13 Going on 30
by Coco Delgado
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Let’s get one thing straight right off the bat: 13 Going on 30 is NOT the female version of Big. Apart from the premise of kids finding themselves in adult bodies and being set in New York City, the two films bear little resemblance to each other.
13 Going on 30 is better, for one thing.
Jenna is your typical awkward 13-year-old. It’s 1987. She wears a retainer, lives her life according to fashion magazines, loves MTV, and has parents who embarrass her. Her best friend, Matty, is an aspiring photographer who lives next door and has a huge, unnoticed, crush on her. Jenna, of course, wants to be one of the popular girls. Then, after being humiliated by the in-crowd, she wishes she were “Thirty, Flirty and Thriving” and the next morning she wakes up…
…and it’s 2004, she’s in an amazing Manhattan apartment, and there’s a man in her shower.
Of course, mentally, she’s still in 1987. Her cell phone rings, and she has no idea what that beeping is coming from her purse. She is now an editor working at her favourite fashion magazine, she’s friends with the leader of the Six Chick pack, and she’s…not such a nice person anymore. What happened in the intervening 17 years? And how can she get back to who she was?
Jennifer Garner is enchanting as Jenna. You can see the 13-year-old inside when she dances to “Thriller” and sees her shoe closet. She’s got an exuberance that is infectious. Mark Ruffalo as Matty is very much the odd kid grown up, and he’s got that wariness all misfits have when around the popular kids. You can believe these characters, even amidst all the improbability. The ending is…a little corny and simplified, but you’re glad it happened that way in spite of yourself.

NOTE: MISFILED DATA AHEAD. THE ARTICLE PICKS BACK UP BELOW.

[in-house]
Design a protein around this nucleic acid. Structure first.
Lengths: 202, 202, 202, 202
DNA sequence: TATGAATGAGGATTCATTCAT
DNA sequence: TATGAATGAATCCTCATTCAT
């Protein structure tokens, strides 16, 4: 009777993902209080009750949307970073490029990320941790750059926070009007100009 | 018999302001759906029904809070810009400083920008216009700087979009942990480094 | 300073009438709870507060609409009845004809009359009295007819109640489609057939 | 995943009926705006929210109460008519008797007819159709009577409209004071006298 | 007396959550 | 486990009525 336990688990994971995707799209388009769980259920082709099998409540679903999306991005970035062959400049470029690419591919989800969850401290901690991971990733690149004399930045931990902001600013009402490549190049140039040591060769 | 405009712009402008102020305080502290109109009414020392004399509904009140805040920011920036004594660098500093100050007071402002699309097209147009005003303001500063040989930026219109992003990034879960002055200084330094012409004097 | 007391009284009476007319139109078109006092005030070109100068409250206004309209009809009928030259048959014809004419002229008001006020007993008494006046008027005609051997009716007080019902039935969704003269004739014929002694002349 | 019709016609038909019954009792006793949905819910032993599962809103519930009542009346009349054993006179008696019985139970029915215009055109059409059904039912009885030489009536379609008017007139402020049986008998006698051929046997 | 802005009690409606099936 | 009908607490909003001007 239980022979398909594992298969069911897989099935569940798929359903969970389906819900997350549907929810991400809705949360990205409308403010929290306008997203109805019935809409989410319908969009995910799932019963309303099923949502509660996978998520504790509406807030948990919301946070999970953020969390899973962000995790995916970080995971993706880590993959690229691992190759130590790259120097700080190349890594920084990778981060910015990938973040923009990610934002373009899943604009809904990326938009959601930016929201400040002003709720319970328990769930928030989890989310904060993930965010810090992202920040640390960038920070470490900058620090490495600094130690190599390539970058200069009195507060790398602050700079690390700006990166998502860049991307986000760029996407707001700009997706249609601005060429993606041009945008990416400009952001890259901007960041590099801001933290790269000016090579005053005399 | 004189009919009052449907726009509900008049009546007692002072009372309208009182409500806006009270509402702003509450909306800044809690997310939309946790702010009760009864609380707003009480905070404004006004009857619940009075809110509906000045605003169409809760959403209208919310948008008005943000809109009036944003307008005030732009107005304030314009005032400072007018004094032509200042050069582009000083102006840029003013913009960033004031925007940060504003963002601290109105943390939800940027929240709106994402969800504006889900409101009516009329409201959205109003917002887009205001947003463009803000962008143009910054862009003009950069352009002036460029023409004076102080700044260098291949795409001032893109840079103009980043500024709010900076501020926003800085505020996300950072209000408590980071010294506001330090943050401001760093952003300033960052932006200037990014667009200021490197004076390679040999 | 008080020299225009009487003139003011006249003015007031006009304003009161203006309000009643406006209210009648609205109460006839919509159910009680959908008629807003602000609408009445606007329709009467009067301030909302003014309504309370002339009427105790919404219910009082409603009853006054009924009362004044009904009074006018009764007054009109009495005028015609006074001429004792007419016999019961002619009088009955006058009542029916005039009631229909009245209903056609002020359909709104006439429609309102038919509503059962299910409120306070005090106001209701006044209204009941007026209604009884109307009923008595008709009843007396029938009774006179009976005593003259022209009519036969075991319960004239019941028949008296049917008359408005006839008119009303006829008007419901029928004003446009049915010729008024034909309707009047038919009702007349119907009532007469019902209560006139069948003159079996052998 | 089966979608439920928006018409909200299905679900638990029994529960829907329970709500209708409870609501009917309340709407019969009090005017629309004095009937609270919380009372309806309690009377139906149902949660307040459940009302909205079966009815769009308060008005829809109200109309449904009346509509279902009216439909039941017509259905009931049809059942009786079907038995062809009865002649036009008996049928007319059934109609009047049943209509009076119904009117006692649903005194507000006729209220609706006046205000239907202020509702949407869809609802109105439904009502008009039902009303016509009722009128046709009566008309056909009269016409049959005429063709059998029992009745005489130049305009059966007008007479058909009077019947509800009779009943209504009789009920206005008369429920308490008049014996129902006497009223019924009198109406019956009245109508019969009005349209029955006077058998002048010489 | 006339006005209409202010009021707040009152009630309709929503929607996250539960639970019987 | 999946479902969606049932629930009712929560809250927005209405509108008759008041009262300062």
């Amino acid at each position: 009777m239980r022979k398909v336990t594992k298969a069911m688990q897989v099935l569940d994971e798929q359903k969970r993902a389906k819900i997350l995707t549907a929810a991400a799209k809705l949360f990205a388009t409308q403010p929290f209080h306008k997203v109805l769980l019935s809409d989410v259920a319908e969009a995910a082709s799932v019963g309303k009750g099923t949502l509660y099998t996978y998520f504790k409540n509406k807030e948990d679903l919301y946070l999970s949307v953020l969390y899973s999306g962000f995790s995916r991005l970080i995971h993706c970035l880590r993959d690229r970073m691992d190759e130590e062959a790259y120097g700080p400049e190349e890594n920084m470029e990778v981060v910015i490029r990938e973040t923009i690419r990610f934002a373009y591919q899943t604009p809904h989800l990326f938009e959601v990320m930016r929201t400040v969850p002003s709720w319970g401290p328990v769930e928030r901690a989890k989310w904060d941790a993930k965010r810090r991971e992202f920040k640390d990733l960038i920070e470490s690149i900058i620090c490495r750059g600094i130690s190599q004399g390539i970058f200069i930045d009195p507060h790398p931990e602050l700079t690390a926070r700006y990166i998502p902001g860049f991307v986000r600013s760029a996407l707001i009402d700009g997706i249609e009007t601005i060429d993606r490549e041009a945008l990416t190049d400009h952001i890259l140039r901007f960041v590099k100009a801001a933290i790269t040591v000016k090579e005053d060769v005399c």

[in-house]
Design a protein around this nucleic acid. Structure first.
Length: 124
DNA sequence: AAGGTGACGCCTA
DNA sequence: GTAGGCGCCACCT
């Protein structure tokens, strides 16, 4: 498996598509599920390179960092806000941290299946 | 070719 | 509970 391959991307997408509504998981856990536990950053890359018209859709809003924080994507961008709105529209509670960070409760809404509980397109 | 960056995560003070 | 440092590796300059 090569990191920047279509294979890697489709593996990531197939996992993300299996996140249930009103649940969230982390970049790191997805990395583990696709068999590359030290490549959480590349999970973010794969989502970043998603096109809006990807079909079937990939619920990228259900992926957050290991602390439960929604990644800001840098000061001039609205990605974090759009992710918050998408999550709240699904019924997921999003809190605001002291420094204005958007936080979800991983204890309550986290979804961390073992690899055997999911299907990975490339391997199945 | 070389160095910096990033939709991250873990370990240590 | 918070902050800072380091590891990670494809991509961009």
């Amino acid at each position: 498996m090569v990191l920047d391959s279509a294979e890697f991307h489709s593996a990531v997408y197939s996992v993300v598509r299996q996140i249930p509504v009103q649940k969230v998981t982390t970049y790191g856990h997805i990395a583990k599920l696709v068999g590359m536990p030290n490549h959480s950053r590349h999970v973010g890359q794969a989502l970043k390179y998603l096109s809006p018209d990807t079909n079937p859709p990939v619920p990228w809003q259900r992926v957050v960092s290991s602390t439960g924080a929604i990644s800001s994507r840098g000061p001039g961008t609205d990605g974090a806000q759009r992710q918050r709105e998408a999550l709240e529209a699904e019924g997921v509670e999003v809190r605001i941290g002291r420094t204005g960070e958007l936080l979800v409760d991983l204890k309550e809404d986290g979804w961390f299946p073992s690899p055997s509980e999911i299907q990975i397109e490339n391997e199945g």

One thing this film does well is portray the complicated world of female relationships…who’s best friends with whom, and the shifting alliances, and the backstabbing that goes on is very familiar to those who’ve lived it, but not always captured onscreen in a believable way. It also captures the silliness (and the awful fashions) of the 80’s and resonates with everyone who was a teenager during those years. The soundtrack is an evocative mix of high school and early college for thirtysomethings.
Big? Perhaps. But also Peggy Sue Got Married, Back to the Future and even It’s a Wonderful Life. It’s more than just a story about kid in an adult body; it’s a moral about second chances and correcting mistakes and being true to yourself. It’s not a great movie, but it’s a likable, cheerful one. The theatre was filled to capacity at the showing I went to, and at the end the audience burst into applause. And that says it all right there.
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